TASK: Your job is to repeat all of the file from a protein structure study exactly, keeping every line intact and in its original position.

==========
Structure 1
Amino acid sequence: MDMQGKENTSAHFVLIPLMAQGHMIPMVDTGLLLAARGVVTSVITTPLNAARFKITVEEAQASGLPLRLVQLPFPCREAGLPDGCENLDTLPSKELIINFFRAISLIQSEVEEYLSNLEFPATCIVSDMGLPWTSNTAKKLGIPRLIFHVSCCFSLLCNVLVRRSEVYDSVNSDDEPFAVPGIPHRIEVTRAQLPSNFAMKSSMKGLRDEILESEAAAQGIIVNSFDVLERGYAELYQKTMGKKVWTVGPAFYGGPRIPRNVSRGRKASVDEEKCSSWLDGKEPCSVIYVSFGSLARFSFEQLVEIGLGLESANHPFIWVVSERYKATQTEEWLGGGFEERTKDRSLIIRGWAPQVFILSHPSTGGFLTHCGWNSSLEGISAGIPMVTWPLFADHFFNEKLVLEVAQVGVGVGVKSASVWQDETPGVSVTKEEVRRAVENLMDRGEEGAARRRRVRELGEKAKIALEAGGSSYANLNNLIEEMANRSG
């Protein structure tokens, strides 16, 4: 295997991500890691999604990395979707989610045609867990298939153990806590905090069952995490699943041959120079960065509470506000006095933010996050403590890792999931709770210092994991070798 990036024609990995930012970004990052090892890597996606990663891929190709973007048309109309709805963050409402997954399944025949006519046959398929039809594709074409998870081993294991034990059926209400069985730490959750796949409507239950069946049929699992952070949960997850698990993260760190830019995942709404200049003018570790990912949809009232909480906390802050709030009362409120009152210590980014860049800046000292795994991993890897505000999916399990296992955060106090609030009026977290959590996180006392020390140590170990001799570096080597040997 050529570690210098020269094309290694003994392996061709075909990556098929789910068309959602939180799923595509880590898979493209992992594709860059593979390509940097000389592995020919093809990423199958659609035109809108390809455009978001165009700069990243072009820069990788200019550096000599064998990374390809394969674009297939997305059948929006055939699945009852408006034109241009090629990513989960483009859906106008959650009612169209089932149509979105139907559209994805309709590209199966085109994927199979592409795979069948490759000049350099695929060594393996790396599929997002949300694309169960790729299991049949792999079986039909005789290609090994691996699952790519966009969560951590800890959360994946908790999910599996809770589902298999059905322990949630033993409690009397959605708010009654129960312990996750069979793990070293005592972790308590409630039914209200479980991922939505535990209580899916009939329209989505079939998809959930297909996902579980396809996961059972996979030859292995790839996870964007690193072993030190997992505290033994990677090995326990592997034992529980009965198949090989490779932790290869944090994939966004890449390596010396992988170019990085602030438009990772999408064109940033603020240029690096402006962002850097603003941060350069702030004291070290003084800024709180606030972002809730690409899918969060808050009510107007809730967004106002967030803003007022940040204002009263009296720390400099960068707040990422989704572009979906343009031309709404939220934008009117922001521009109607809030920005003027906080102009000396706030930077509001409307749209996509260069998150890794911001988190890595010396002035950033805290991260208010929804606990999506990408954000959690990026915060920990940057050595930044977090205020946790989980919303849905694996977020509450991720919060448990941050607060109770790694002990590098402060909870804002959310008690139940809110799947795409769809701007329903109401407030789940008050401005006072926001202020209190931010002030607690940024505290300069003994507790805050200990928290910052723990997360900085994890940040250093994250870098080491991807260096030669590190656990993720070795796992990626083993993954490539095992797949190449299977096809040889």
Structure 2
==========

Structure 1
Amino acid sequence: MDMQGKENTSAHFVLIPLMAQGHMIPMVDTGLLLAARGVVTSVITTPLNAARFKITVEEAQASGLPLRLVQLPFPCREAGLPDGCENLDTLPSKELIINFFRAISLIQSEVEEYLSNLEFPATCIVSDMGLPWTSNTAKKLGIPRLIFHVSCCFSLLCNVLVRRSEVYDSVNSDDEPFAVPGIPHRIEVTRAQLPSNFAMKSSMKGLRDEILESEAAAQGIIVNSFDVLERGYAELYQKTMGKKVWTVGPAFYGGPRIPRNVSRGRKASVDEEKCSSWLDGKEPCSVIYVSFGSLARFSFEQLVEIGLGLESANHPFIWVVSERYKATQTEEWLGGGFEERTKDRSLIIRGWAPQVFILSHPSTGGFLTHCGWNSSLEGISAGIPMVTWPLFADHFFNEKLVLEVAQVGVGVGVKSASVWQDETPGVSVTKEEVRRAVENLMDRGEEGAARRRRVRELGEKAKIALEAGGSSYANLNNLIEEMANRSG
């Protein structure tokens, strides 16, 4: 295997991500890691999604990395979707989610045609867990298939153990806590905090069952995490699943041959120079960065509470506000006095933010996050403590890792999931709770210092994991070798 990036024609990995930012970004990052090892890597996606990663891929190709973007048309109309709805963050409402997954399944025949006519046959398929039809594709074409998870081993294991034990059926209400069985730490959750796949409507239950069946049929699992952070949960997850698990993260760190830019995942709404200049003018570790990912949809009232909480906390802050709030009362409120009152210590980014860049800046000292795994991993890897505000999916399990296992955060106090609030009026977290959590996180006392020390140590170990001799570096080597040997 050529570690210098020269094309290694003994392996061709075909990556098929789910068309959602939180799923595509880590898979493209992992594709860059593979390509940097000389592995020919093809990423199958659609035109809108390809455009978001165009700069990243072009820069990788200019550096000599064998990374390809394969674009297939997305059948929006055939699945009852408006034109241009090629990513989960483009859906106008959650009612169209089932149509979105139907559209994805309709590209199966085109994927199979592409795979069948490759000049350099695929060594393996790396599929997002949300694309169960790729299991049949792999079986039909005789290609090994691996699952790519966009969560951590800890959360994946908790999910599996809770589902298999059905322990949630033993409690009397959605708010009654129960312990996750069979793990070293005592972790308590409630039914209200479980991922939505535990209580899916009939329209989505079939998809959930297909996902579980396809996961059972996979030859292995790839996870964007690193072993030190997992505290033994990677090995326990592997034992529980009965198949090989490779932790290869944090994939966004890449390596010396992988170019990085602030438009990772999408064109940033603020240029690096402006962002850097603003941060350069702030004291070290003084800024709180606030972002809730690409899918969060808050009510107007809730967004106002967030803003007022940040204002009263009296720390400099960068707040990422989704572009979906343009031309709404939220934008009117922001521009109607809030920005003027906080102009000396706030930077509001409307749209996509260069998150890794911001988190890595010396002035950033805290991260208010929804606990999506990408954000959690990026915060920990940057050595930044977090205020946790989980919303849905694996977020509450991720919060448990941050607060109770790694002990590098402060909870804002959310008690139940809110799947795409769809701007329903109401407030789940008050401005006072926001202020209190931010002030607690940024505290300069003994507790805050200990928290910052723990997360900085994890940040250093994250870098080491991807260096030669590190656990993720070795796992990626083993993954490539095992797949190449299977096809040889």
Structure 2